The bar owner accused of pocketing $1 million for weddings he knew wouldn’t happen has copped to avoiding taxes and pocketing sales tax proceeds over the course of four years.
Jason Stevens pleaded guilty to grand larceny and tax fraud this morning and will likely face from 3 years and 4 months to 10 years in prison. Scorned lovebirds protested outside the courthouse and said that they are happy to see him headed for hard time, but wish he would face the music for robbing them blind.
“I’m happy that he’ll be seeing jail time,” said Alina Requena, one of the many brides who had their wedding plans dashed when Rebar closed abruptly on May 9. “I just wish there was some justice for us.”
Seven victims turned out to wield signs and watch the announcement of a deal with prosecutors that saw Stevens plead guilty to five felonies related to his failure to pay $200,000 in sales tax and avoiding $1.2 million in Internal Revenue Service bills, not the wedding crash.
Prior to the proceedings, Stevens slumped onto the wooden bench in the courtroom, resting his forehead on his arms. He stood up straight and spoke clearly to the judge while entering his plea. He then sat in the courtroom for more than an hour after his hearing had ended, finally rushing from the courthouse to a waiting car past a crowd of camera crews and angry to-be-weds yelling “Where’s our money?”
Stevens and his lawyer Allen Bahn kept quiet as they made their getaway.
The couples say that Stevens took payments for 150 weddings that were to take place over the next two years and made off with $1 million. The attorney general’s office said it is investigating Stevens, but couples are growing inpatient.
“There’s still no charges being brought against him for us as a group,” Stephanie Kutch said, “It’s disgusting.”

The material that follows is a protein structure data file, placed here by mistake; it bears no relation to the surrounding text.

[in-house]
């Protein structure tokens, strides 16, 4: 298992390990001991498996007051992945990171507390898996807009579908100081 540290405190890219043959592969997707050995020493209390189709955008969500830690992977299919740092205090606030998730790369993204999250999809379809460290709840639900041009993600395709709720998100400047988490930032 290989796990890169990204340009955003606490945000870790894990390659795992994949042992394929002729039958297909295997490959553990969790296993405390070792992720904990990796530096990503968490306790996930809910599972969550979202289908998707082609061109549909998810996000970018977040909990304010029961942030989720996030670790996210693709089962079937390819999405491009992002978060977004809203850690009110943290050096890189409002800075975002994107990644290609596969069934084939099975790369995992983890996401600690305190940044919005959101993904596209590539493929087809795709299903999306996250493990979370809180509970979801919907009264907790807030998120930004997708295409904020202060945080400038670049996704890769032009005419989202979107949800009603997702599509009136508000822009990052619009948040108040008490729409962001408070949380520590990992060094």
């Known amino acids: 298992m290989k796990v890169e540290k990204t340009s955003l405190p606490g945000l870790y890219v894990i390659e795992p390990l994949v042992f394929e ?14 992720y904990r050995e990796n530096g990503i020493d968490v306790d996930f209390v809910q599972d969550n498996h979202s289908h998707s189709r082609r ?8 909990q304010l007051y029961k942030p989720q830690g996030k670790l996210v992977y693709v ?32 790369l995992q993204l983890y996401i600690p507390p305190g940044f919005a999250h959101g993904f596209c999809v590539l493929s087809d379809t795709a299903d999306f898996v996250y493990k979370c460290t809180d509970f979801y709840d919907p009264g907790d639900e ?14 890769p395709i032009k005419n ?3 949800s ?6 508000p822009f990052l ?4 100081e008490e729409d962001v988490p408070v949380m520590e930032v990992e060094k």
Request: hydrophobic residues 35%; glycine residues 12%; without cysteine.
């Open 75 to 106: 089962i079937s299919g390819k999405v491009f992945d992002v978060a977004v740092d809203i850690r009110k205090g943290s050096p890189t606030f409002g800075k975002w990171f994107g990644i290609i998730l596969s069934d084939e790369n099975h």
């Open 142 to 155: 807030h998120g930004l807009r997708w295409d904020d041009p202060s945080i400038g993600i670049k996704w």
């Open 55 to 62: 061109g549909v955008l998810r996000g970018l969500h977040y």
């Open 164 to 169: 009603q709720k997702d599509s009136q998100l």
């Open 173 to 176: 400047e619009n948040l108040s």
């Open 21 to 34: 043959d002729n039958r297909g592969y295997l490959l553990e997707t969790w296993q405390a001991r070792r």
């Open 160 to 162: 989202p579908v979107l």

Only one of the couples has sued Stevens so far. Jennifer Liseo and her partner say they ponied up $34,000 for their wedding, paying in full because Stevens offered them a discount. Stevens even gave them a tour of Rebar to help seal the deal, they said.
“He was very charming,” Liseo said.
The couple’s attorney Victor Dunlop served Stevens papers for the lawsuit after his plea at the tax fraud trial. The former proprietor rolled his eyes and let his lawyer handle the transaction, Dunlop said.
“A typical defendant,” he said. “It’s all business for him.”
Dunlop said his case will make the argument for fraud, not breach of contract, which is how such cases are often handled. He contends that Stevens knew he would close the business, even as he excepted the hard-earned money of engaged couples.
“He knew his business was financially unstable,” Dunlop said. “And he took the money anyway. That looks more like fraud than breach of contract to me.”
It is important to get a judgement leveled against Stevens now because he has not yet filed for bankruptcy, which will make it harder for other couples to sue, Dunlop said.
Some present said they are trying to move on. Julie Villar got hitched May 25 in spite of losing $22,000 in the Rebar debacle, moving the nuptials to Diety in Boerum Hill. She said it may have been for the best.
“We had a better wedding than we would have at Rebar,” she said.
Villar no longer expects to be reimbursed — she just wants to see Stevens punished for taking it.
“I don’t have any real hope for getting our money back,” she said. “But there has to be some kind of accountability.”
Stevens’s sentencing is scheduled for July 21.